My team is consumed with rolling out the new WestlawNext Canada platform to our colleagues. This is a big job that many firms will face, so I thought I would share some things we have done to support this project.
First, as with any change, communication is key. Before we started down the rollout road, we discussed it as a library team, then with our key stakeholders – our Library Committee, and also with the Director of IT. We looked at the timing of this rollout from the perspective of capacity of our human resources, capacity of our technology (hardware and team) and from the perspective of what other user change projects were going on. A perspective of what other things are happening in the business is an important consideration for a library driven project since we exist to support the firms’ business goals.
Next we proceeded with librarian testing and train the trainer. The testing was based on early access to the system and playing in the WNC sandbox. We individually went through the user guides and training tutorials and asked questions and provided feedback. We also had a train the trainer presentation tailored to our objectives and attended general overview sessions. This preparation for the people who will be answering questions about the system for internal users is important. Our team needed an opportunity to be comfortable working in the new environment so that we can offer support to our users.
In our environment, we personally provide most of the training through desk visits, practice group demonstrations, student refresher seminars, and drop in previews. Though we are offering a demonstration with vendor trainers, we know that in our firm resource training is an opportunity to build relationships with our stakeholders. People like coming to the library staff for their research resource learning. It is also good marketing to provide training as a ‘product’ from our group. After testing, the next step in our rollout was preparing for internal training by adapting out existing learning objectives for Westlaw Canada to WestlawNext Canada. The new system uses a different approach to research so our learning objectives got revamped to accommodate it.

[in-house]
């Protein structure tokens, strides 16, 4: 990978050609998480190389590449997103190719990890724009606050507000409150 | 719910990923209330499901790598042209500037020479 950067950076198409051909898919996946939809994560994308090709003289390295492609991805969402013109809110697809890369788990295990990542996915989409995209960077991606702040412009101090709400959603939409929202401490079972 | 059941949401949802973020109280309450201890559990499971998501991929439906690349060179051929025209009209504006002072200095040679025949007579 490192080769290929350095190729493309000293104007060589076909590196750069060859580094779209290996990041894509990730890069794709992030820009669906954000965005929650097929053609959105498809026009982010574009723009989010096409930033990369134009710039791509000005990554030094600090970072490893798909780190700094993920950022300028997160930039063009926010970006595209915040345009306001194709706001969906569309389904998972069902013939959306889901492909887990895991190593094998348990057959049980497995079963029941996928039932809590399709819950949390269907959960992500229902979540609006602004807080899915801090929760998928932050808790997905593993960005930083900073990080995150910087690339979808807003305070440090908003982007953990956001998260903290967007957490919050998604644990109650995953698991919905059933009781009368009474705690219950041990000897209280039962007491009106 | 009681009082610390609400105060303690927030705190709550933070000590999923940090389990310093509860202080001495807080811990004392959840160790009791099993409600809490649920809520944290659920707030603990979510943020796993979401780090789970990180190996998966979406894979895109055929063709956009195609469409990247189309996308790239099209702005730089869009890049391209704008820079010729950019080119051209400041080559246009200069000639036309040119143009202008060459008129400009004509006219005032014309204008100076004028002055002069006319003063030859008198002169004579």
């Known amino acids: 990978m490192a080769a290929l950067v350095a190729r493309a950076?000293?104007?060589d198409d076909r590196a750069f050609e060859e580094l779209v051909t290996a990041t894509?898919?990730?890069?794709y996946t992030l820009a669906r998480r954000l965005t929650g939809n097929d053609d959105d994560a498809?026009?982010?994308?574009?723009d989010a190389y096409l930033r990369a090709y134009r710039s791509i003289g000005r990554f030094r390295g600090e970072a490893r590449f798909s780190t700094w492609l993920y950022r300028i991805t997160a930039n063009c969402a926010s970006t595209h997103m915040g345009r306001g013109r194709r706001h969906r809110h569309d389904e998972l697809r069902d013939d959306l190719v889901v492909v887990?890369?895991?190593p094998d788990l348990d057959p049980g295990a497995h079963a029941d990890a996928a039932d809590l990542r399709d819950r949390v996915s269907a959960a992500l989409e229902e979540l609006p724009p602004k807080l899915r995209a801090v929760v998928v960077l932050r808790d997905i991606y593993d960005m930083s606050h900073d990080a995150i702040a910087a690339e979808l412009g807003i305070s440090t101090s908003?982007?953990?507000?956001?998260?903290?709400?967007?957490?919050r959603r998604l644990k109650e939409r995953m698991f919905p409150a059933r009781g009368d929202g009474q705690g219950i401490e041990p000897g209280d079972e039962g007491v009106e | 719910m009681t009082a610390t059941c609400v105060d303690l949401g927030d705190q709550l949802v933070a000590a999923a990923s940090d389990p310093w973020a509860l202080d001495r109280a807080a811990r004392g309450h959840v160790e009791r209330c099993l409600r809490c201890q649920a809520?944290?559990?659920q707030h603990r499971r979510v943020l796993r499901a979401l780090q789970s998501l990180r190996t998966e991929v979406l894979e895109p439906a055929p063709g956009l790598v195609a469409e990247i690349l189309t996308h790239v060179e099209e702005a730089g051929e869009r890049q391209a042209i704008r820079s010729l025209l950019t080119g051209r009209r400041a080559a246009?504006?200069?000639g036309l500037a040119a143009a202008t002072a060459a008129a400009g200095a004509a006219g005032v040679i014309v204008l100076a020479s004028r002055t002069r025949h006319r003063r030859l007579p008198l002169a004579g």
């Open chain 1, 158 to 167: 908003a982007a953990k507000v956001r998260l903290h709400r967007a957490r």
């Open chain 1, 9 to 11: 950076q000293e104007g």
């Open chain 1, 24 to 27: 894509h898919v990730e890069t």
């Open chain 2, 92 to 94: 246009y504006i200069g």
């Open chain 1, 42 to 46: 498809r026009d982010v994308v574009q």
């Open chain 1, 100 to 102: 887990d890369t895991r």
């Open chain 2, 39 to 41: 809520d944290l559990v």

The communication plan came next. A draft of when and what messages to send to users was sketched out and then shared with our team and our Library Committee. Since 2014 began, regular messages about WNC with slightly different foci have been distributed. First was a general message with an explanation of what was happening and why along with a ‘stay tuned for a training invite’, next was a drop in or call us for a desk visit email, followed by a very successful “invite us to your group meeting for a demo” and a calendar appointment for regular users to attend a vendor demo. With each of these messages, we provided links to the system, the options and opportunities for training and links to the support material. Planning communication about change is an important step. People are more likely to accept and adopt something new if it is supported by appropriate communication.
To support the change in a visual way, we retooled our launching page for electronic research resources. This was handled in two stages. First, we simply added a quick link to WestlawNext Canada at the top of our research links intranet page in addition to existing links to the old platform. This first week step was followed by a complete change to the research links intranet page. It was redesigned, shortened, and links to the ‘old’ Westlaw Canada site were removed from this key jumping off page. This step halfway through the month long rollout plan will be followed up by scrubbing and substituting references throughout the rest of the library intranet over the next two weeks.
Finally, using our electronic resource management software, we are sending individual messages (and will continue to) to researchers asking about their experience with the new site, and after next week, asking what is causing them to use the old site rather than the new. This one-to-one communication is another relationship tool with our users and will also help us measure what we are already tracking – who has been exposed to the new system with training or a demo and who has not – something we can cure. We intend to spend part of each day the last week of January doing walk around visits to check in with researchers and casual users in person. We may use some of the video tutorials that have been provided to help address specific topics.
Thinking back, this basic framework, in varying degrees, is the same process used when eCarswell first appeared, when LexisNexis Quicklaw was introduced when we adopted CCH Online, and last year when CanLII’s single search box was launched. Nothing new – talk, test, tell, train, track, and try again where necessary